This week there was this embarrassing article in the Press about ChristchurchNZ engaging an Auckland team to produce a video for them. Here’s the article:
An observer of the sector wrote to me with this comment:
The outrage does seem to have united the commercial industry and its impressive that something seems to be growing.
A few years ago, it would have been acceptable to send this work to Auckland, but great to see that now there is group standing in opposition to such a plan.
The response by Joanna Norris was:
the video contract was awarded “based on the specific expertise required” and represented good value to the ratepayer.
If our economic development agency hasn’t the confidence to shop in its own city, as they are encouraging us to do, why should we? Was their decision based on “best price”? This was exactly the sort of decision making which shifted most of our manufacturing jobs to China. “Best price”.
Or was the decision based on that the team in Auckland were more skilled? If so, what responsibility has our economic development agency to nurture up local producers?
The media commentator went on to say:
It is worth noting that Dunedin’s clever promotional campaign “Plan D” has been running for some time.
The self-deprecating Dunedin humour, giving us a strong flavour of place, could only have been concocted in Dunedin!
This encouraged me to go and have a look at Dunedin’s “Plan D”, which I hadn’t even heard of.
The campaign is clever and witty. It could only have been created in Dunedin, as the media commentator wrote to me. If this had been produced in Auckland it would have been nothing like this. It takes locals to take the piss out of an area. When I think about it the only ads I remember personally were funny ones. Dunedin passed this test.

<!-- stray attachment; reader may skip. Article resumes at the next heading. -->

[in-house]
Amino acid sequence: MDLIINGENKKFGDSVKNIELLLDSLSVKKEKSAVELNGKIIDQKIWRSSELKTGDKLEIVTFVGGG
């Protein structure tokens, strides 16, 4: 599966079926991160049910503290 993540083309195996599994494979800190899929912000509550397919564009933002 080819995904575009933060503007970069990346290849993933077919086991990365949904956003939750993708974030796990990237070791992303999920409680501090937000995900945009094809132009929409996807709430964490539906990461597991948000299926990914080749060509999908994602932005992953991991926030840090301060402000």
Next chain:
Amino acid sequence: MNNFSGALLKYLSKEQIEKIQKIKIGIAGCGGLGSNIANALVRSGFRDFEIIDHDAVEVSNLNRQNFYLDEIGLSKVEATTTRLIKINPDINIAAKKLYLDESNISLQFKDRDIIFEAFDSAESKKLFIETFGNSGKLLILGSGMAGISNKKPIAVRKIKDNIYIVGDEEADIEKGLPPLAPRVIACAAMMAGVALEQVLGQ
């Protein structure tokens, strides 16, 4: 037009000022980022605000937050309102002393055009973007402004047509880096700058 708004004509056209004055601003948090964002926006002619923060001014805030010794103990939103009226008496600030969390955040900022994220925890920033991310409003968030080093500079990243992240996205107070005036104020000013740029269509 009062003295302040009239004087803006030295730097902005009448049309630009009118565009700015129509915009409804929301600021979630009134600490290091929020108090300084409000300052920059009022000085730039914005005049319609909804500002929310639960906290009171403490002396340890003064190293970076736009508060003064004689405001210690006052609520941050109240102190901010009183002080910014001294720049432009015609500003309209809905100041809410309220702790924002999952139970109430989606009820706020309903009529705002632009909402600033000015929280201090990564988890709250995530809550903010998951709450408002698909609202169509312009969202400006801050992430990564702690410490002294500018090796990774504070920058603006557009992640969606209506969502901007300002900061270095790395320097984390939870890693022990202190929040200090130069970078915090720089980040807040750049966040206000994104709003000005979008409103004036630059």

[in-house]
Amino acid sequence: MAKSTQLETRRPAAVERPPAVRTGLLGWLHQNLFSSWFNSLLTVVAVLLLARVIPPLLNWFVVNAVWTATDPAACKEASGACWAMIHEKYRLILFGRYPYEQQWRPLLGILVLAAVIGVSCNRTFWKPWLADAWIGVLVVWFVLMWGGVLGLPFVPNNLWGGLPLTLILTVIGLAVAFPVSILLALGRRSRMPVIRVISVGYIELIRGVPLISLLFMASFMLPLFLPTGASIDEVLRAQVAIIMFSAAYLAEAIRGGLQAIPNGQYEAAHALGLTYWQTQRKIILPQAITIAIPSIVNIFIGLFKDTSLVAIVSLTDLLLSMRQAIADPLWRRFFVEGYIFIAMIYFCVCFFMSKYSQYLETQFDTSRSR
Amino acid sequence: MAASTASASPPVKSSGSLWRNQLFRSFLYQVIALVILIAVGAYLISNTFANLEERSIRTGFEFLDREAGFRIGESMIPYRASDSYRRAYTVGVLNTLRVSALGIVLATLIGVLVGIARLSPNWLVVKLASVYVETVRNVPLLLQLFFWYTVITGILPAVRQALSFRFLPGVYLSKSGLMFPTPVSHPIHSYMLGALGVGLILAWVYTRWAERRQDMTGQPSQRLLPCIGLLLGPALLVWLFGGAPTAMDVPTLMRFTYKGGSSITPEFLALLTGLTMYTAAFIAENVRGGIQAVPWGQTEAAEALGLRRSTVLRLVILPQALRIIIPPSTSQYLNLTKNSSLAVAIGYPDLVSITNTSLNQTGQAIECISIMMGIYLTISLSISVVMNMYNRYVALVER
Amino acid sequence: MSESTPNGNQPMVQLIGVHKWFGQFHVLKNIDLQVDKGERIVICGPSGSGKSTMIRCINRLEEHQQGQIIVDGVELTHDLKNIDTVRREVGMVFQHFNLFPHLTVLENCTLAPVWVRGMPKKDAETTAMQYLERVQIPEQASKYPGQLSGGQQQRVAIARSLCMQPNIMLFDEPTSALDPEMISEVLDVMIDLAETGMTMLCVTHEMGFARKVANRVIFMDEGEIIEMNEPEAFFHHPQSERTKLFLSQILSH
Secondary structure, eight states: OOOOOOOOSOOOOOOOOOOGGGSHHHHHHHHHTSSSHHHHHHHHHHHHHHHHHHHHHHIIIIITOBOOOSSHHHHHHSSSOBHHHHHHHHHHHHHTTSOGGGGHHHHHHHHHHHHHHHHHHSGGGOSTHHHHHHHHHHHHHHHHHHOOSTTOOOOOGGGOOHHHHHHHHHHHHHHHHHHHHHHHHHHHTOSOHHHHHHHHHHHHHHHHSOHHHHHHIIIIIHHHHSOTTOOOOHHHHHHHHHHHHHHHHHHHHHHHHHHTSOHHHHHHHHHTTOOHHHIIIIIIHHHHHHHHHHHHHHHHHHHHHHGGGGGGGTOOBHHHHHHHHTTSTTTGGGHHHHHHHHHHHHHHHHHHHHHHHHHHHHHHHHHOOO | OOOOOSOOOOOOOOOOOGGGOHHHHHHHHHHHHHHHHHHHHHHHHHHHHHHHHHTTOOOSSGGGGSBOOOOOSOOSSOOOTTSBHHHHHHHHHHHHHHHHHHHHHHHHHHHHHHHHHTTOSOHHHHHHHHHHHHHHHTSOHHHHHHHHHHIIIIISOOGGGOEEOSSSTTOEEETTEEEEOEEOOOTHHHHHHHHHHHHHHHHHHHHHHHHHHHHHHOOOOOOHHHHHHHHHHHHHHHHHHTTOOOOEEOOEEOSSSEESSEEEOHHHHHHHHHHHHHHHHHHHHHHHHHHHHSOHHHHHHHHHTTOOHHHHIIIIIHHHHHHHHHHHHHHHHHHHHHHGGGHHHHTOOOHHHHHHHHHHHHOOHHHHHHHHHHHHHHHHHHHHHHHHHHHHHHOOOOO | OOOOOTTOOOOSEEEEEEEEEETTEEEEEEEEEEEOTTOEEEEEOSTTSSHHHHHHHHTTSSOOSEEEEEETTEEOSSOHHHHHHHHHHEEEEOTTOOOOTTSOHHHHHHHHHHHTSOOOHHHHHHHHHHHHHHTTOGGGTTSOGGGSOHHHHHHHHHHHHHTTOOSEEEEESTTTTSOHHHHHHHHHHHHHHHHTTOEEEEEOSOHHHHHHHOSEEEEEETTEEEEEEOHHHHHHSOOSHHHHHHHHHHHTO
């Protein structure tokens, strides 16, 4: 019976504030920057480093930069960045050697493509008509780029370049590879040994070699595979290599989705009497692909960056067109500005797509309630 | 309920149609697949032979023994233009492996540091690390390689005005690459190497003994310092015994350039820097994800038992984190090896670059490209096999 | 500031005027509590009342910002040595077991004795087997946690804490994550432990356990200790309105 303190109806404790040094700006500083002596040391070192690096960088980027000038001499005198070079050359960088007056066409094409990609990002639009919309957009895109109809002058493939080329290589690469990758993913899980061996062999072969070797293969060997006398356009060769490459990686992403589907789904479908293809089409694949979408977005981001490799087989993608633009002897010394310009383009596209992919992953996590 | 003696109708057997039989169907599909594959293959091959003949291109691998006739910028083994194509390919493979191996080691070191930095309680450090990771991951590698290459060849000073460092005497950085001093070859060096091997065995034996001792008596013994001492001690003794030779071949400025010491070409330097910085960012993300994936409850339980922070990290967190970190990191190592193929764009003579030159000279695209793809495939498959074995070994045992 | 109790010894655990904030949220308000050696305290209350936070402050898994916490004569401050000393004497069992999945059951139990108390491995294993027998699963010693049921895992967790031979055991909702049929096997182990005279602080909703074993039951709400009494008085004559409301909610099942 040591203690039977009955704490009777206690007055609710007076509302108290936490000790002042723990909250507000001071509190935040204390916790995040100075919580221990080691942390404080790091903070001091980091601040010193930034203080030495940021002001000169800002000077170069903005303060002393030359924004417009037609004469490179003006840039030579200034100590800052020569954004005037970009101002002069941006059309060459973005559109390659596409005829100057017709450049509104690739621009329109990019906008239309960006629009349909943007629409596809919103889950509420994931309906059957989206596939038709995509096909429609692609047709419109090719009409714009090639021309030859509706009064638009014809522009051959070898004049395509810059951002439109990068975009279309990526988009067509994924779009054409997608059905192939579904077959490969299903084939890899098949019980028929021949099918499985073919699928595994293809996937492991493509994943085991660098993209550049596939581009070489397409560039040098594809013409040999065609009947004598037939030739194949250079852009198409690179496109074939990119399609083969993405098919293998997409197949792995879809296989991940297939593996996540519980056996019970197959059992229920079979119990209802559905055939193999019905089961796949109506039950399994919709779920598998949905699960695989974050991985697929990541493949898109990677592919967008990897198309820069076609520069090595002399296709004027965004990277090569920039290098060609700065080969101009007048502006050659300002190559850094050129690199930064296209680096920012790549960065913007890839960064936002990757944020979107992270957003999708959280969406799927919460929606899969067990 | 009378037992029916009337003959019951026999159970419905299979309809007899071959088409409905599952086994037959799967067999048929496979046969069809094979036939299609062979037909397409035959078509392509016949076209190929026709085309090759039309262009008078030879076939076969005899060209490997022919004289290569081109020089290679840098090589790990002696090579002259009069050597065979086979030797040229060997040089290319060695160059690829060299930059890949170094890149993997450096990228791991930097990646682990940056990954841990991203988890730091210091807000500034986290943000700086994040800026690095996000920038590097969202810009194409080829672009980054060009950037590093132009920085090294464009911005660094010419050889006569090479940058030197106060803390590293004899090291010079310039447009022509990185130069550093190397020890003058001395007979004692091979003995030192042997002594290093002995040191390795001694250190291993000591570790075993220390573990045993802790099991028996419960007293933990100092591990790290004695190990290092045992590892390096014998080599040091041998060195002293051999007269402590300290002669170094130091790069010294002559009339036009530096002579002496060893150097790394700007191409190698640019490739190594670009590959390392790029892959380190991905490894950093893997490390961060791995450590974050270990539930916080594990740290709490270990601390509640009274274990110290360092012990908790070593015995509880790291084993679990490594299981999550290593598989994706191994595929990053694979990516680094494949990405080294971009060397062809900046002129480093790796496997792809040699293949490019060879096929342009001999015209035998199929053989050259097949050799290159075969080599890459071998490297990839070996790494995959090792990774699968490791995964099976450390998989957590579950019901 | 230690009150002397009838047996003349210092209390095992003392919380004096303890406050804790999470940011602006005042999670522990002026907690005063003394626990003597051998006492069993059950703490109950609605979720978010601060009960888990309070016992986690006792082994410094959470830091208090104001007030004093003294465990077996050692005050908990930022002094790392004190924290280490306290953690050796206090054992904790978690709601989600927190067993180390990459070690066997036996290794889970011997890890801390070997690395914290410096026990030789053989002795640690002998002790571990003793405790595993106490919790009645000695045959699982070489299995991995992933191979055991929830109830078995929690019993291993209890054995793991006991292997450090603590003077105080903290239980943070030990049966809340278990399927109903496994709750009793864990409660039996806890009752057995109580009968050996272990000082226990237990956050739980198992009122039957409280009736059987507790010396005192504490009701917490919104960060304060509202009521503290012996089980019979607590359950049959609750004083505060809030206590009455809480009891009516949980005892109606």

Here’s two of the ads. Make your own mind up. I laughed at both of them.
This made me look around New Zealand at what other areas were doing, and I was particularly impressed with the Taranaki economic plan. It’s called Tapuae Roa: Make way for Taranaki. It demonstrates a comprehensive, widely consulted, exercise which has been worked on since 2017.
Here’s the link to the site http://about.taranaki.info/Tapuae-Roa.aspx.
When you get into the site there is a link to the regions plans for the steps they need to take to 2050 http://about.taranaki.info/Taranaki2050/TapuaeRoa.
Then they have the transition path to the future on this http://about.taranaki.info/Taranaki2050/What-is-a-just-transition-(1).aspx.
We have a long way to go to get properly into economic development in this City. We need to get in behind ChristchurchNZ so that we can truly become the Peoples Republic of Christchurch again. We were in front in the past. We’re not now. Catching up requires a commitment from us all.